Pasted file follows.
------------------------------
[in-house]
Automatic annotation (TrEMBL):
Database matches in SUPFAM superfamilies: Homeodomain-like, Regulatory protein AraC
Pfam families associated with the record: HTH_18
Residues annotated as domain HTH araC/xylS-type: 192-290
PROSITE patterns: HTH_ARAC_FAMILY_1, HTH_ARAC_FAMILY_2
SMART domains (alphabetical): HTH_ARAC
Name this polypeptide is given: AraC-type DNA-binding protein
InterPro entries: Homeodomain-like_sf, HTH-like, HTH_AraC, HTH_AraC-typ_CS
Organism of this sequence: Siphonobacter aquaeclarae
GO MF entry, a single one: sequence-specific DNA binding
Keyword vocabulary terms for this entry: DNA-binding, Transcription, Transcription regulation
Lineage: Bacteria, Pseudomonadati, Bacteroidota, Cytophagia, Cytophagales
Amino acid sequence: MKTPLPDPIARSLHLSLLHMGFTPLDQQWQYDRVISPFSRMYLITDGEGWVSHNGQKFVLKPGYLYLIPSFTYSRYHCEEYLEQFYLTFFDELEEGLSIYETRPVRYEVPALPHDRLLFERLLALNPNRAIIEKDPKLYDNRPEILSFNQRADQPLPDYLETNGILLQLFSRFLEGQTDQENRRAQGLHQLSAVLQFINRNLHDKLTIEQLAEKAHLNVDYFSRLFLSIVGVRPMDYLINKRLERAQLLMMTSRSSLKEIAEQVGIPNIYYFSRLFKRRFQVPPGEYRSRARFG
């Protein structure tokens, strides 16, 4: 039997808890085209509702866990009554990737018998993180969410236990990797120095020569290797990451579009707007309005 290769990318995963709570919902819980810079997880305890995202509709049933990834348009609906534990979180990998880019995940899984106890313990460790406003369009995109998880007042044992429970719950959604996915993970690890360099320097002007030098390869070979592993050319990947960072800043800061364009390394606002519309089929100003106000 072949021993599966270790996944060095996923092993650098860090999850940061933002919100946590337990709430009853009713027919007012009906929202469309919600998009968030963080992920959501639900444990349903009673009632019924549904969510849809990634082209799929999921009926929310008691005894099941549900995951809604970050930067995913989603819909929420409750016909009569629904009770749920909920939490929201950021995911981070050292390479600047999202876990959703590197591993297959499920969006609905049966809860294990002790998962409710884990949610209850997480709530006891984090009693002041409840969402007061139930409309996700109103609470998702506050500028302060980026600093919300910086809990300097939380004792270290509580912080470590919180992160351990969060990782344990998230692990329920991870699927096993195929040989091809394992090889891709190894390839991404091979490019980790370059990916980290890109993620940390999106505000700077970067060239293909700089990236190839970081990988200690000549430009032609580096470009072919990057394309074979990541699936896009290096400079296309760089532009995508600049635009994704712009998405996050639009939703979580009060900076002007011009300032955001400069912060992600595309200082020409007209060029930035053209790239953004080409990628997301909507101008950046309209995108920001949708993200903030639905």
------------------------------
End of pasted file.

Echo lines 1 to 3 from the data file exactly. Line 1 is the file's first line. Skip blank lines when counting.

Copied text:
[in-house]
Automatic annotation (TrEMBL):
Database matches in SUPFAM superfamilies: Homeodomain-like, Regulatory protein AraC